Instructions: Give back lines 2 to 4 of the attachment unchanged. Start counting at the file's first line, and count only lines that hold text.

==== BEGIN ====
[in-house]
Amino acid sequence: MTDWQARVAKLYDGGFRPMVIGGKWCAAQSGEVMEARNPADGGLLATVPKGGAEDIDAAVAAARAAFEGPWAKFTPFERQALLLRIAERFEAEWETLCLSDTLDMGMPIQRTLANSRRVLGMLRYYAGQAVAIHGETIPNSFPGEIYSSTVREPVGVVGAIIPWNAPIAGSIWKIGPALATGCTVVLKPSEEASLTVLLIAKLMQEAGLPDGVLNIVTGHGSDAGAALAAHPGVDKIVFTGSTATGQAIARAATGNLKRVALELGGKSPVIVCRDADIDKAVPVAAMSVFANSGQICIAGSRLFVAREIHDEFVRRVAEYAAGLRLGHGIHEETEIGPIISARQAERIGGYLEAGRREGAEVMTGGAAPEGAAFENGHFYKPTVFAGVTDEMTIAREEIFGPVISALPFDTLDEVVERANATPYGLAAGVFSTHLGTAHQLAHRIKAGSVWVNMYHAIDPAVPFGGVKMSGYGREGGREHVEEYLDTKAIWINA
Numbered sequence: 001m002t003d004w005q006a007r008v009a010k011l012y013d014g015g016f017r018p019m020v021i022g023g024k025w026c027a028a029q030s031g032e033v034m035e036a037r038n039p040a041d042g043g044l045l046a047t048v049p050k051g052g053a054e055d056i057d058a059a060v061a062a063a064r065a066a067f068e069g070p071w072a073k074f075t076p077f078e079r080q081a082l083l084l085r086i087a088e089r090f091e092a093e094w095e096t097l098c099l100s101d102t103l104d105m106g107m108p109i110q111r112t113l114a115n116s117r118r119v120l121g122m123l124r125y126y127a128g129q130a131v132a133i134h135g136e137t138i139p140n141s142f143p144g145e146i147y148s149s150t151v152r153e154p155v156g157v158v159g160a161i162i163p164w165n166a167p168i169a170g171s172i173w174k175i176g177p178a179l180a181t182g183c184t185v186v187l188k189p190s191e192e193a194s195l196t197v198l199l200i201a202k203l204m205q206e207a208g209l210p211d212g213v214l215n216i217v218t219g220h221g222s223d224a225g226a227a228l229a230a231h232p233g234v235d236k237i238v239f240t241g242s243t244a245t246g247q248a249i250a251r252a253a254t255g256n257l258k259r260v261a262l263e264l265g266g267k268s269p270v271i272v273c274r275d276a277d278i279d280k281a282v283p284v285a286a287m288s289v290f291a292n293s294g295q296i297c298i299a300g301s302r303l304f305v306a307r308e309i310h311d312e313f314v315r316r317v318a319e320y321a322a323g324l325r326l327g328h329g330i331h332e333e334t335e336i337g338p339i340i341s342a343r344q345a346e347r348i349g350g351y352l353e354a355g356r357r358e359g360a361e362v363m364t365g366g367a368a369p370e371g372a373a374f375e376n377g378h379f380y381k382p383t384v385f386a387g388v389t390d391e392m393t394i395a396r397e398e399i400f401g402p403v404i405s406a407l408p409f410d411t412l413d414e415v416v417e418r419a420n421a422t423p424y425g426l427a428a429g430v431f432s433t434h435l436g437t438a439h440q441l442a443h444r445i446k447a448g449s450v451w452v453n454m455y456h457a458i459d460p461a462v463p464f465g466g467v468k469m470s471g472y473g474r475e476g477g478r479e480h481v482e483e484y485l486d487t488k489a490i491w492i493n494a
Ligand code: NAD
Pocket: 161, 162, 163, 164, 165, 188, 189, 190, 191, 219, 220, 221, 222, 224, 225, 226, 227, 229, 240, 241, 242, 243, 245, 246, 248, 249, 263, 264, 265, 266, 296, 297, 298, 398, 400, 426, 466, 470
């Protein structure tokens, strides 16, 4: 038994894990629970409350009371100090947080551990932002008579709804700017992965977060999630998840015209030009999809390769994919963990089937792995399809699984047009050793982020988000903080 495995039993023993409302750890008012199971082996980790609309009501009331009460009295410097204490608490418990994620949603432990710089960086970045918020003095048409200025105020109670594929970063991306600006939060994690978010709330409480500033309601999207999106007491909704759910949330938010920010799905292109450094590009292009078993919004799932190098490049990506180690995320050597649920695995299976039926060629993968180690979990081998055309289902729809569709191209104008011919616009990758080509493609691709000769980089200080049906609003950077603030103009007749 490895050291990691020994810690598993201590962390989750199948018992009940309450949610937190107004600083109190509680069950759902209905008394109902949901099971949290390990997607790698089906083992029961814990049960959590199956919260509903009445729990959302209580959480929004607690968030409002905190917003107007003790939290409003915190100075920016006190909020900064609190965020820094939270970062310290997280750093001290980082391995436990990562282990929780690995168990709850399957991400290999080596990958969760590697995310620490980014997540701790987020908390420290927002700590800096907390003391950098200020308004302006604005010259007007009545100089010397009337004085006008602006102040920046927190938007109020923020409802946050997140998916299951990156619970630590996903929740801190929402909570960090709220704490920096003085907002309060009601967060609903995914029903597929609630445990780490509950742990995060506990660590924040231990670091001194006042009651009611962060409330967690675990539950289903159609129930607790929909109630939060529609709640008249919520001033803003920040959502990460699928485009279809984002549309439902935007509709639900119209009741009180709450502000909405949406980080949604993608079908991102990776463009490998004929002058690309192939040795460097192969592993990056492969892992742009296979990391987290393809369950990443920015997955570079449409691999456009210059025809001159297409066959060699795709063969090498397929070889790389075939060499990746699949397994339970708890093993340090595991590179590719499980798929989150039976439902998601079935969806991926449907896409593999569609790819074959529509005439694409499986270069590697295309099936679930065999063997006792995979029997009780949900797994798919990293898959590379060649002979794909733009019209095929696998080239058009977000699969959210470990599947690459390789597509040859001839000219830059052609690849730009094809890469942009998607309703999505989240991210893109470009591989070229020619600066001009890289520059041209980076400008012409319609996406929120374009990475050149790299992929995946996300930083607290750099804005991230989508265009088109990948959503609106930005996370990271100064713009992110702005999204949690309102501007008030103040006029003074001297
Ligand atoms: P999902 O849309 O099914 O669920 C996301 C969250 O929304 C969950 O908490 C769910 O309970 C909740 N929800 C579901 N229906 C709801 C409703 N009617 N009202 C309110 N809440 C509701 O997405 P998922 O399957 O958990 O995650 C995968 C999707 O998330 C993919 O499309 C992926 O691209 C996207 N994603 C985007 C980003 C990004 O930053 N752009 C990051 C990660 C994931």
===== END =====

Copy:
Amino acid sequence: MTDWQARVAKLYDGGFRPMVIGGKWCAAQSGEVMEARNPADGGLLATVPKGGAEDIDAAVAAARAAFEGPWAKFTPFERQALLLRIAERFEAEWETLCLSDTLDMGMPIQRTLANSRRVLGMLRYYAGQAVAIHGETIPNSFPGEIYSSTVREPVGVVGAIIPWNAPIAGSIWKIGPALATGCTVVLKPSEEASLTVLLIAKLMQEAGLPDGVLNIVTGHGSDAGAALAAHPGVDKIVFTGSTATGQAIARAATGNLKRVALELGGKSPVIVCRDADIDKAVPVAAMSVFANSGQICIAGSRLFVAREIHDEFVRRVAEYAAGLRLGHGIHEETEIGPIISARQAERIGGYLEAGRREGAEVMTGGAAPEGAAFENGHFYKPTVFAGVTDEMTIAREEIFGPVISALPFDTLDEVVERANATPYGLAAGVFSTHLGTAHQLAHRIKAGSVWVNMYHAIDPAVPFGGVKMSGYGREGGREHVEEYLDTKAIWINA
Numbered sequence: 001m002t003d004w005q006a007r008v009a010k011l012y013d014g015g016f017r018p019m020v021i022g023g024k025w026c027a028a029q030s031g032e033v034m035e036a037r038n039p040a041d042g043g044l045l046a047t048v049p050k051g052g053a054e055d056i057d058a059a060v061a062a063a064r065a066a067f068e069g070p071w072a073k074f075t076p077f078e079r080q081a082l083l084l085r086i087a088e089r090f091e092a093e094w095e096t097l098c099l100s101d102t103l104d105m106g107m108p109i110q111r112t113l114a115n116s117r118r119v120l121g122m123l124r125y126y127a128g129q130a131v132a133i134h135g136e137t138i139p140n141s142f143p144g145e146i147y148s149s150t151v152r153e154p155v156g157v158v159g160a161i162i163p164w165n166a167p168i169a170g171s172i173w174k175i176g177p178a179l180a181t182g183c184t185v186v187l188k189p190s191e192e193a194s195l196t197v198l199l200i201a202k203l204m205q206e207a208g209l210p211d212g213v214l215n216i217v218t219g220h221g222s223d224a225g226a227a228l229a230a231h232p233g234v235d236k237i238v239f240t241g242s243t244a245t246g247q248a249i250a251r252a253a254t255g256n257l258k259r260v261a262l263e264l265g266g267k268s269p270v271i272v273c274r275d276a277d278i279d280k281a282v283p284v285a286a287m288s289v290f291a292n293s294g295q296i297c298i299a300g301s302r303l304f305v306a307r308e309i310h311d312e313f314v315r316r317v318a319e320y321a322a323g324l325r326l327g328h329g330i331h332e333e334t335e336i337g338p339i340i341s342a343r344q345a346e347r348i349g350g351y352l353e354a355g356r357r358e359g360a361e362v363m364t365g366g367a368a369p370e371g372a373a374f375e376n377g378h379f380y381k382p383t384v385f386a387g388v389t390d391e392m393t394i395a396r397e398e399i400f401g402p403v404i405s406a407l408p409f410d411t412l413d414e415v416v417e418r419a420n421a422t423p424y425g426l427a428a429g430v431f432s433t434h435l436g437t438a439h440q441l442a443h444r445i446k447a448g449s450v451w452v453n454m455y456h457a458i459d460p461a462v463p464f465g466g467v468k469m470s471g472y473g474r475e476g477g478r479e480h481v482e483e484y485l486d487t488k489a490i491w492i493n494a
Ligand code: NAD